The windscreen can be found right below the part of the device that resembles a metal grille. It’s actually a special foam lining that’s there to shield the microphone’s diaphragm from any pesky wind interference. Not only does it do a great job at that, but it also acts as a protective barrier against dust and debris, ensuring that nothing unwanted makes its way into the microphone. So, you can count on this nifty little windscreen to keep your audio clear and clean in all sorts of conditions!
Windscreens serve an important purpose by reducing disruptive plosives, those pesky popping or hissing sounds that occur when a microphone gets overwhelmed with blasts of air from certain consonants like “b,” “p,” “d,” “t,” “g,” and “k.” These plosives can be quite bothersome, but fear not! The ingenious design of windscreens is here to save the day. They work tirelessly to eliminate those unwanted sounds, ensuring a smooth and pleasant audio experience.
Now, let’s talk about pop filters, also known as pop shields or pop screens. These nifty devices are like superheroes in the studio, coming to the microphone’s rescue when windscreens alone can’t completely eliminate plosives. Pop filters act as guardians, intercepting and dispelling those annoying sounds before they have a chance to reach the sensitive mic.
While windscreens are crucial for outdoor scenarios where gusts of wind can wreak havoc on audio quality, their value extends beyond just the great outdoors. Even in the cozy confines of a studio, windscreens remain highly valuable, faithfully serving as the first line of defense against disruptive plosives.
So, whether you’re battling the elements outdoors or working your audio magic in the studio, windscreens and pop filters team up to ensure your microphone captures crisp and clear sound, free from those troublesome plosives.
The diaphragm in this amazing device is made of a special material called Mylar, which is a type of biaxially-oriented polyethylene terephthalate. It’s like a thin, two-sided membrane that reacts to sound by moving. It’s incredibly delicate, measuring only about five microns in thickness, which allows it to pick up even the tiniest vibrations in the air around it. Isn’t it fascinating how such a small and delicate component can be so sensitive to sound?
The diaphragm is crucial for a microphone’s sound quality. It can make or break the overall performance.
Copper is used for several reasons:
- It produces a powerful audio signal.
- It optimizes electromagnetic induction.
- Its light weight makes the coil-diaphragm duo more receptive than weightier substances.
When sound waves cause air pressure to fluctuate, the diaphragm responds by vibrating. This vibration, in turn, sets the coil into motion. The coil oscillates within a magnetic field, effectively converting the sound waves into an electrical signal. This electrical signal is then transmitted to the speakers, where it is transformed back into audible sound.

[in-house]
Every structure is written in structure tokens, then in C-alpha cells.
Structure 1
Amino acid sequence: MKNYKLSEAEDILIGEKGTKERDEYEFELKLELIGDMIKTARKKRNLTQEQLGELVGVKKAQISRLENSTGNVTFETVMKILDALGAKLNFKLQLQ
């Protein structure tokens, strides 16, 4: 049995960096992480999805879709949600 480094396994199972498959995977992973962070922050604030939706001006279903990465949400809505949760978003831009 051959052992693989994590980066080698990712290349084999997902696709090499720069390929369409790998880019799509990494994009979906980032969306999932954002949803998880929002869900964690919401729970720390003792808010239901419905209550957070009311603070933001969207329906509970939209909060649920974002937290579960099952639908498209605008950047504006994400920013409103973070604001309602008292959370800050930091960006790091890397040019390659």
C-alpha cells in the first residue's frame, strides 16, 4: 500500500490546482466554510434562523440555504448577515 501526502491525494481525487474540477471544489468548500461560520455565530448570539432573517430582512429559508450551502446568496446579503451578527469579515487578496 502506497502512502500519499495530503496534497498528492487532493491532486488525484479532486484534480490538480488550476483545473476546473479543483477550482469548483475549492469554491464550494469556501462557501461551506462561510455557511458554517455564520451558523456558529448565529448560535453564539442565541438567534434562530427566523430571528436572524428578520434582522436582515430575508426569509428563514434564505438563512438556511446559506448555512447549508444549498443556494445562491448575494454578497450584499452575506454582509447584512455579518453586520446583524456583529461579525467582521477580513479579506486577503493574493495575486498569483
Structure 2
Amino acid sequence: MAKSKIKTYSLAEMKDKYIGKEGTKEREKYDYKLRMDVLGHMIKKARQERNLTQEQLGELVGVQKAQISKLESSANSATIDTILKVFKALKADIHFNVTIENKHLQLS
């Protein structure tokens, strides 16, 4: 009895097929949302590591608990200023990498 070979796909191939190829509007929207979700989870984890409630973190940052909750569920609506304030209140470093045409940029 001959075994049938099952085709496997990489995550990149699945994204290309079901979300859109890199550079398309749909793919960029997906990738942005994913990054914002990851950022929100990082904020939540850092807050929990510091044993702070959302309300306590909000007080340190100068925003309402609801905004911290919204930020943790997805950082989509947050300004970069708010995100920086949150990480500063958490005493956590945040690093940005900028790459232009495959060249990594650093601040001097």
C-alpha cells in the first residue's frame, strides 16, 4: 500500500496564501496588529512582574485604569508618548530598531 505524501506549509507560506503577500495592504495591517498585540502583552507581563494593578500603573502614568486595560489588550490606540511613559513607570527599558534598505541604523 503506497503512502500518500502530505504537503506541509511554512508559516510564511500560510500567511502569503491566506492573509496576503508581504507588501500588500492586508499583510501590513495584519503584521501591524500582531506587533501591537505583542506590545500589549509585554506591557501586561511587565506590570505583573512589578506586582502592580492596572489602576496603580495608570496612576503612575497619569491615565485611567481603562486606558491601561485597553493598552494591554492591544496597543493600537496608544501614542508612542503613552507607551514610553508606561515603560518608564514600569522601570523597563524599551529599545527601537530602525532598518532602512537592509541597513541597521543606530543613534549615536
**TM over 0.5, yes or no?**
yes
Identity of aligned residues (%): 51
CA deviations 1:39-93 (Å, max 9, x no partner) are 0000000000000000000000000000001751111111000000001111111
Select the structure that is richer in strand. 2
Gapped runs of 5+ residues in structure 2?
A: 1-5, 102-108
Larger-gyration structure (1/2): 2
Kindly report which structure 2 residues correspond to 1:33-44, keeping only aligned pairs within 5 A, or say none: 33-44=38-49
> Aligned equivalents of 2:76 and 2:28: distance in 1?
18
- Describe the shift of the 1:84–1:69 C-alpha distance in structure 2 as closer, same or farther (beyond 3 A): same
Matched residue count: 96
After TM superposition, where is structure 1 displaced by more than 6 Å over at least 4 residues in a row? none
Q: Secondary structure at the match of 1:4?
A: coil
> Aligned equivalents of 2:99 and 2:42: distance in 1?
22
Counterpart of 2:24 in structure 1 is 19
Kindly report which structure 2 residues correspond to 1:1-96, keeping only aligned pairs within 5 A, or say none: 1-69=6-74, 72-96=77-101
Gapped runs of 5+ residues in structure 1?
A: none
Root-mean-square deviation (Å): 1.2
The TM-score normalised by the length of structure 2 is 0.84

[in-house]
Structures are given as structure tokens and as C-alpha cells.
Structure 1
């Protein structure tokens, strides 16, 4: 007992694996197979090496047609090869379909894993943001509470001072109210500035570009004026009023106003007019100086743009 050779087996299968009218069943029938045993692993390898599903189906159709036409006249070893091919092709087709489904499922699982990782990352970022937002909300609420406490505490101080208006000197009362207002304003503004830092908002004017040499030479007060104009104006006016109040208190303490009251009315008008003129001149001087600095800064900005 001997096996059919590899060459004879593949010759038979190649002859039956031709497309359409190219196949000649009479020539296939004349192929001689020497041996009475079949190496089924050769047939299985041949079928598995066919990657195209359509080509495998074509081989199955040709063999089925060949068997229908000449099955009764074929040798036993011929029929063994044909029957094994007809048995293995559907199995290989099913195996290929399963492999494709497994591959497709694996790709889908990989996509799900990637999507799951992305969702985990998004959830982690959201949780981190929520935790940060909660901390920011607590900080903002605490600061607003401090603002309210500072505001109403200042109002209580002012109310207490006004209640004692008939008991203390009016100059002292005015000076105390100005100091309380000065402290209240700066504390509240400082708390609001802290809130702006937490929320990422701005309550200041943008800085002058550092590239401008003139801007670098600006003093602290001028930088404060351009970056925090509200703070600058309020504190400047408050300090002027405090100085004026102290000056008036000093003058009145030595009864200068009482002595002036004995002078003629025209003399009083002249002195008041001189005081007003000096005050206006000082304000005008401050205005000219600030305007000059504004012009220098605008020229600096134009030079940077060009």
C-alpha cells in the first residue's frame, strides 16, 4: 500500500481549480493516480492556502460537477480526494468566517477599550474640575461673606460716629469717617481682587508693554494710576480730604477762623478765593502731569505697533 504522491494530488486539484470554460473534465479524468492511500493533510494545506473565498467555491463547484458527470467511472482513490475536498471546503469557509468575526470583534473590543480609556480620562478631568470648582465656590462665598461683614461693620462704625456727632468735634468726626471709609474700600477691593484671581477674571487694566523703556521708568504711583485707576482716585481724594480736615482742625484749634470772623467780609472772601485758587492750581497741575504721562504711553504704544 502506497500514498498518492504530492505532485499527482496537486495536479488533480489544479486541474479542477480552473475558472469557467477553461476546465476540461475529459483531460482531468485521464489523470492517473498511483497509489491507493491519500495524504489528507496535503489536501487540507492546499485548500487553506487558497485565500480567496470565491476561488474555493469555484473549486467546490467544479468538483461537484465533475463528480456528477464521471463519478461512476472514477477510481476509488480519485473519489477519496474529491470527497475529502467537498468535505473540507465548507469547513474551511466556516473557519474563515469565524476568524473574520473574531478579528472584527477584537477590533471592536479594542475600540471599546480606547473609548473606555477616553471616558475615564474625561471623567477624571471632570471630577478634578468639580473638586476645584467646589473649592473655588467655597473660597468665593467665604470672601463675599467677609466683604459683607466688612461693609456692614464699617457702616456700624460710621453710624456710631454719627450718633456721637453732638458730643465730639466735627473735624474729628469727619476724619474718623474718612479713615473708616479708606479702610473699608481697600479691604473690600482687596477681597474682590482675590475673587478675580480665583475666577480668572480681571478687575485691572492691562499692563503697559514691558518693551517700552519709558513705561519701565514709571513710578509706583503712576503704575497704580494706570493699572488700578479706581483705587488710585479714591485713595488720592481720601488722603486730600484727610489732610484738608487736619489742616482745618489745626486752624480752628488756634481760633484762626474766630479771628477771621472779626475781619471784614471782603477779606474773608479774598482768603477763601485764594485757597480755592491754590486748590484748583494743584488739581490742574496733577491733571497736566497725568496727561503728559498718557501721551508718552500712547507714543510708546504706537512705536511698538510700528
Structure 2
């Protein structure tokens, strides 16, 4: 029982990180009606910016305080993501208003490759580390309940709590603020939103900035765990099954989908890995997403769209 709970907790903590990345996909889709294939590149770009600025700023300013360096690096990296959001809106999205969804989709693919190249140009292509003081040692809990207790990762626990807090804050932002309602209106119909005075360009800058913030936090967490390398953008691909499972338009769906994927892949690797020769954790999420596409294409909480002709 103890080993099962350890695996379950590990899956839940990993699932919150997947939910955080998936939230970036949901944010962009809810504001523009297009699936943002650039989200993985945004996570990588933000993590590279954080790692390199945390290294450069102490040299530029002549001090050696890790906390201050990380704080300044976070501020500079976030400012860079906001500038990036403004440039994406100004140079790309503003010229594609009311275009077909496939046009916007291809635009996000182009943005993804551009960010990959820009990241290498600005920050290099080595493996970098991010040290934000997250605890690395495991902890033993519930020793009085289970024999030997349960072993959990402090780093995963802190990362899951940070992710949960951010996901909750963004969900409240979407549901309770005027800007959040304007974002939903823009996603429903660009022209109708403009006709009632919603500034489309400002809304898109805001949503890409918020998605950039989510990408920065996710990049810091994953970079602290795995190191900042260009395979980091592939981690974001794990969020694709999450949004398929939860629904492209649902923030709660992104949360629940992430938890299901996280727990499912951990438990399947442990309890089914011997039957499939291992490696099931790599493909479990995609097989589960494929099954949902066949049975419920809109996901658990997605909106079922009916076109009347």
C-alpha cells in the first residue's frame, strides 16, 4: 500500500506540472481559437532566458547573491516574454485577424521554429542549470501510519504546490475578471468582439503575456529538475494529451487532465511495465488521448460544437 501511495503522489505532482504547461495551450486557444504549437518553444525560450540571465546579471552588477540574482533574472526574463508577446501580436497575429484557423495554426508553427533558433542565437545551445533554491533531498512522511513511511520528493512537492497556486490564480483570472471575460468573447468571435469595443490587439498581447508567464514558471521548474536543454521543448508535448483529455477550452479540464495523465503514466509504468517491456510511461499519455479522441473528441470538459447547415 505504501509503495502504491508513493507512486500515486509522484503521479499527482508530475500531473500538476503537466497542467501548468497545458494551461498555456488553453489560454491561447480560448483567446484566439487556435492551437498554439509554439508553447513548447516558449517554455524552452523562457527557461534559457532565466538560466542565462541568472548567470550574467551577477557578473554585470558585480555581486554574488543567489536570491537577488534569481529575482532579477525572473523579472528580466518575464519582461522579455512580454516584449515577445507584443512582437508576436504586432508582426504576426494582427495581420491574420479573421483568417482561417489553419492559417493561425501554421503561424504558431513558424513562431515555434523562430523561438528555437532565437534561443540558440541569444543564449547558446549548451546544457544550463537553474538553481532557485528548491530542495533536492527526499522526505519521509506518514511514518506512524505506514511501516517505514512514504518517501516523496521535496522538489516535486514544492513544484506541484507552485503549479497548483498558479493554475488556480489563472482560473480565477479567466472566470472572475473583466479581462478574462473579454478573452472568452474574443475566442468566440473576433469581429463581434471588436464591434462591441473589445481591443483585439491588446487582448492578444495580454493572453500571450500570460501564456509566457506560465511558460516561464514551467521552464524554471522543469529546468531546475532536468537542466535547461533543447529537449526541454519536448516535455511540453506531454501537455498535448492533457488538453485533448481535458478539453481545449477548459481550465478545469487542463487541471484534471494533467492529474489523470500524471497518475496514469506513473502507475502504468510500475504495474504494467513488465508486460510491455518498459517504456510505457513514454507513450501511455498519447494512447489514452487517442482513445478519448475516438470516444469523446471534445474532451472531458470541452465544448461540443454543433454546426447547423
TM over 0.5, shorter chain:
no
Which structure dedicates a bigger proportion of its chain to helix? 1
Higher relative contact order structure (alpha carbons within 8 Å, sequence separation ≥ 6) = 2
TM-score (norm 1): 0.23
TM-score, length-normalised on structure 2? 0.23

The magnetic core generates a magnetic field within the coil, allowing the vibrations to convert into an electrical signal.
The diaphragm is essential for the microphone capsule to function as a transducer. It converts sound waves into electrical signals, making the capsule integral to capturing and shaping the microphone’s sound.
The output, also known as the jack, refers to the designated area on a device where you connect a cable. In the case of microphones, the output is designed to accommodate an XLR cable, which is a three-pronged cord used for transmitting stereo signals.
Some lower-end microphones are equipped with an attached cable, which simplifies their setup and connection process.
When it comes to microphone technology, different types exhibit distinct functionalities. If you’re interested in exploring the features of wireless microphones, I recommend reading this informative article.
Dynamic microphones, in particular, possess fundamental characteristics that make them indispensable in various scenarios such as live performances, presentations, and studio recordings.
Features of the Dynamic Microphone
Dynamic microphones have eight features that factor into their sound.
1. Frequency Response
Frequency response refers to a microphone’s ability to accurately capture and reproduce different frequencies. It represents the range of frequencies that a microphone can detect and replicate faithfully. Frequency is measured in hertz (Hz) and corresponds to the speed at which vibrations occur.
To illustrate, if a vibration occurs 50 times per second, the frequency is 50 Hz. Sound waves inherently vibrate at specific frequencies, and each microphone model possesses a distinct sonic character shaped by its sensitivity to particular frequencies.
For instance, certain microphone models exhibit heightened sensitivity to lower frequencies, resulting in a “darker” sound quality. Conversely, “brighter” sounding microphones excel at capturing and reproducing higher frequencies.
2. Proximity Effect
The proximity effect refers to the phenomenon where the low bass frequencies are amplified when a microphone is placed closer to the source of sound. In simpler terms, when you bring a microphone closer to yourself or any sound source, it captures more of the low-frequency sounds.